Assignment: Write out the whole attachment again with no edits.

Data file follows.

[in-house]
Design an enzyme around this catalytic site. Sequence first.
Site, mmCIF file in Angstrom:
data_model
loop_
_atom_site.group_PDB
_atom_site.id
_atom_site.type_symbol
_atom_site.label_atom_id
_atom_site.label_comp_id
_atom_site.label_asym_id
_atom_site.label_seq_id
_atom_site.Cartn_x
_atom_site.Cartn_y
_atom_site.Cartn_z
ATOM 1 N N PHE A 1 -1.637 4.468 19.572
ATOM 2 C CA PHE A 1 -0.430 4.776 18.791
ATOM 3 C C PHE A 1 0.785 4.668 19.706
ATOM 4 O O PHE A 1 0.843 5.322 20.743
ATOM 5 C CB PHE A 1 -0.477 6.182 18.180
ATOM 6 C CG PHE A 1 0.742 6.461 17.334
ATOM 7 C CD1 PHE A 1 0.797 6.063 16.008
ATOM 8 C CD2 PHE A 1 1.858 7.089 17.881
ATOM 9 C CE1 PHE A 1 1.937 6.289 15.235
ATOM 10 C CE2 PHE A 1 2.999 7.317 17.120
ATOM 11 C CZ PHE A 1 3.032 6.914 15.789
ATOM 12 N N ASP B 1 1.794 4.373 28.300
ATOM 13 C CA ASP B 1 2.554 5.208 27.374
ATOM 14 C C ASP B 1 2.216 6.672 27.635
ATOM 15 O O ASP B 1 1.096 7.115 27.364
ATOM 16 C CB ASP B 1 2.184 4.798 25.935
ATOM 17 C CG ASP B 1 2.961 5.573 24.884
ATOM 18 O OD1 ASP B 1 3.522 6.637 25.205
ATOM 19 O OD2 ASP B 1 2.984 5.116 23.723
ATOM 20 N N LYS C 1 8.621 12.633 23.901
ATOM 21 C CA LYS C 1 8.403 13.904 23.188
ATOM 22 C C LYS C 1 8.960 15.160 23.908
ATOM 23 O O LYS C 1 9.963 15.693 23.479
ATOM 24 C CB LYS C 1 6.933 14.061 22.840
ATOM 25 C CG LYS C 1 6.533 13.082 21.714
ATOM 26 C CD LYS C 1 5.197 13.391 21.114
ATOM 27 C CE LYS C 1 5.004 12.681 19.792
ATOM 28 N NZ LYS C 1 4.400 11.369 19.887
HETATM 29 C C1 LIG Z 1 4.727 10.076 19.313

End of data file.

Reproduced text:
[in-house]
Design an enzyme around this catalytic site. Sequence first.
Site, mmCIF file in Angstrom:
data_model
loop_
_atom_site.group_PDB
_atom_site.id
_atom_site.type_symbol
_atom_site.label_atom_id
_atom_site.label_comp_id
_atom_site.label_asym_id
_atom_site.label_seq_id
_atom_site.Cartn_x
_atom_site.Cartn_y
_atom_site.Cartn_z
ATOM 1 N N PHE A 1 -1.637 4.468 19.572
ATOM 2 C CA PHE A 1 -0.430 4.776 18.791
ATOM 3 C C PHE A 1 0.785 4.668 19.706
ATOM 4 O O PHE A 1 0.843 5.322 20.743
ATOM 5 C CB PHE A 1 -0.477 6.182 18.180
ATOM 6 C CG PHE A 1 0.742 6.461 17.334
ATOM 7 C CD1 PHE A 1 0.797 6.063 16.008
ATOM 8 C CD2 PHE A 1 1.858 7.089 17.881
ATOM 9 C CE1 PHE A 1 1.937 6.289 15.235
ATOM 10 C CE2 PHE A 1 2.999 7.317 17.120
ATOM 11 C CZ PHE A 1 3.032 6.914 15.789
ATOM 12 N N ASP B 1 1.794 4.373 28.300
ATOM 13 C CA ASP B 1 2.554 5.208 27.374
ATOM 14 C C ASP B 1 2.216 6.672 27.635
ATOM 15 O O ASP B 1 1.096 7.115 27.364
ATOM 16 C CB ASP B 1 2.184 4.798 25.935
ATOM 17 C CG ASP B 1 2.961 5.573 24.884
ATOM 18 O OD1 ASP B 1 3.522 6.637 25.205
ATOM 19 O OD2 ASP B 1 2.984 5.116 23.723
ATOM 20 N N LYS C 1 8.621 12.633 23.901
ATOM 21 C CA LYS C 1 8.403 13.904 23.188
ATOM 22 C C LYS C 1 8.960 15.160 23.908
ATOM 23 O O LYS C 1 9.963 15.693 23.479
ATOM 24 C CB LYS C 1 6.933 14.061 22.840
ATOM 25 C CG LYS C 1 6.533 13.082 21.714
ATOM 26 C CD LYS C 1 5.197 13.391 21.114
ATOM 27 C CE LYS C 1 5.004 12.681 19.792
ATOM 28 N NZ LYS C 1 4.400 11.369 19.887
HETATM 29 C C1 LIG Z 1 4.727 10.076 19.313